Cleveland Hudson, Cerro Lengai, Ol Doinyo Paluweh Soputan
Colima Huila, Nevado del Leroboleng Panarea Sorikmarapi
Colo Hunga Tonga-Hunga Ha'apai Lewotobi Papandayan Sotara
 News Feeds and Google Placemarks


Download Smithsonian / USGS Weekly Volcanic Activity Report Network RSS Feed

The RSS (Really Simple Syndication) feed is identical to the Weekly Volcanic Activity Report minus some features including the header information (latitude and longitude and summit elevation), the Geologic Summary, and a link to the volcano's page from the Global Volcanism Program. At the end of each report is a list of the sources used. Each volcano report includes a link from the volcano's name back to the more complete information in the Weekly Volcanic Activity Report on the Smithsonian website. This feature was first made available on 5 March 2008.



Download Smithsonian / USGS Weekly Volcanic Activity Report Network CAP Feed

The CAP (Common Alerting Protocol) feeds are XML files specifically formatted for disaster management. They are similar in content to the RSS feed, but contain no active links.



Download Smithsonian/USGS Weekly Volcanic Activity Report Network Link Download Smithsonian / USGS Weekly Volcanic Activity Report Network Link

A Google Earth network link for the Weekly Volcanic Activity Report can be loaded into the free Google Earth software, and in turn will load placemarks for volcanoes in the current weekly report. Placemark balloons include the volcano name, report date, report text, sources, and links back to the GVP volcano profile page and to the complete Weekly Report for that week. This feature was first made available on 1 April 2009.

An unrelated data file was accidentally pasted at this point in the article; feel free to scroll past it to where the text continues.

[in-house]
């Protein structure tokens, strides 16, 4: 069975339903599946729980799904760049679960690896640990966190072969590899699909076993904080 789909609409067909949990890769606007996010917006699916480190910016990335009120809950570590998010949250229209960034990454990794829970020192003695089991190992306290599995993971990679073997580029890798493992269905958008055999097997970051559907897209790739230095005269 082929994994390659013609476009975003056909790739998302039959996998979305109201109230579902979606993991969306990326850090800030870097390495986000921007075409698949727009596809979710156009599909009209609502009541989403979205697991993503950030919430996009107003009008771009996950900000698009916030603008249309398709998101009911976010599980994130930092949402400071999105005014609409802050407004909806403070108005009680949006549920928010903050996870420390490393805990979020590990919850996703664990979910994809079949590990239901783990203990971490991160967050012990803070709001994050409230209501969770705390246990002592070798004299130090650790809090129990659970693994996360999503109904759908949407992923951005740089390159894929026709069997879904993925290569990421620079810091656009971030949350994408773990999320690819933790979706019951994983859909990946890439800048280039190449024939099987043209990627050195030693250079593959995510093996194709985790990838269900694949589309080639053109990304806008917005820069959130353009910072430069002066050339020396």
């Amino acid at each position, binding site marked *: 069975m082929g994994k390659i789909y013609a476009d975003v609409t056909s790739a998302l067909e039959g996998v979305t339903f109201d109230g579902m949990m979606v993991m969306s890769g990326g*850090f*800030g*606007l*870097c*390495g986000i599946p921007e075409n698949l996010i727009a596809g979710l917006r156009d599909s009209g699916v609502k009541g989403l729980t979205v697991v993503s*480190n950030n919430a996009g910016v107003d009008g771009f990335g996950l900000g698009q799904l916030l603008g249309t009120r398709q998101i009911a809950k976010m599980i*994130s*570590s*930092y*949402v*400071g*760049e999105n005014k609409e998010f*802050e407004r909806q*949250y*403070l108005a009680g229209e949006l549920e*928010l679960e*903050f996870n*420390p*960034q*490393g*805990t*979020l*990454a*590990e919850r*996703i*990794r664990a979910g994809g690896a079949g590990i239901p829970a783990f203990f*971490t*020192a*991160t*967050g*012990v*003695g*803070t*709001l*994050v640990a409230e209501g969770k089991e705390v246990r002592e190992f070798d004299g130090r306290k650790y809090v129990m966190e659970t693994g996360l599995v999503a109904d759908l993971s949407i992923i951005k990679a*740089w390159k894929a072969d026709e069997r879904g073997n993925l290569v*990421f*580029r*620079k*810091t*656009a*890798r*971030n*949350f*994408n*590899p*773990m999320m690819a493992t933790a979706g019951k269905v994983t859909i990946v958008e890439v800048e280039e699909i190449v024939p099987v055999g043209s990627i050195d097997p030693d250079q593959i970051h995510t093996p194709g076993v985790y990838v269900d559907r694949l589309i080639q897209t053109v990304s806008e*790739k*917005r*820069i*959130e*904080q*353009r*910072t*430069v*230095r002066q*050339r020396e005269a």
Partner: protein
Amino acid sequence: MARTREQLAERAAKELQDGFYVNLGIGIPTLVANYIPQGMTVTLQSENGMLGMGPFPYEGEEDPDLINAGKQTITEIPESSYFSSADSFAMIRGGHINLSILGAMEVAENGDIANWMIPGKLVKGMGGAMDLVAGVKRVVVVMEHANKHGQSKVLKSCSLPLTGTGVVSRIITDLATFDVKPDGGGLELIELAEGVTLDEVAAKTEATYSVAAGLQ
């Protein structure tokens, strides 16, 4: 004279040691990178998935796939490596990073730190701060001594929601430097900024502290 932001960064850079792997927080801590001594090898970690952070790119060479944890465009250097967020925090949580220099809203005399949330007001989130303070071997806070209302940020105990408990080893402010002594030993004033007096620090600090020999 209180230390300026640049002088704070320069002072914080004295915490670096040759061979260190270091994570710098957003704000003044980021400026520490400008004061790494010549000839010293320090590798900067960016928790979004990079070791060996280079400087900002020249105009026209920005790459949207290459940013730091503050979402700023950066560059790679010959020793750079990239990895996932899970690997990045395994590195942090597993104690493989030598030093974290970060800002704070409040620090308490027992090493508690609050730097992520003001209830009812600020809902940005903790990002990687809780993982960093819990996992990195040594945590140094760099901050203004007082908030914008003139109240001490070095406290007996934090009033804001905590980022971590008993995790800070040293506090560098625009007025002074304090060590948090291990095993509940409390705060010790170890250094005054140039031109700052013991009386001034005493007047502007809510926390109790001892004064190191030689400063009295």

Criteria & Disclaimers

Criteria



The Weekly Volcanic Activity Report does not necessarily include all volcanic activity that occurred on Earth during the week. More than a dozen volcanoes globally have displayed more-or-less continuous eruptive activity for decades or longer, and such routine activity is typically not reported here. Moreover, Earth's sea-floor volcanism is seldom reported even though in theory it represents the single most prolific source of erupted material. The Weekly Volcanic Activity Report summarizes volcanic activity that meets one or more of the following criteria:

- A volcano observatory raises or lowers the alert level at the volcano.
- A volcanic ash advisory has been released by a volcanic ash advisory center (VAAC) stating that an ash cloud has been produced from the volcano.
- A verifiable news report of new activity or a change in activity at the volcano has been issued.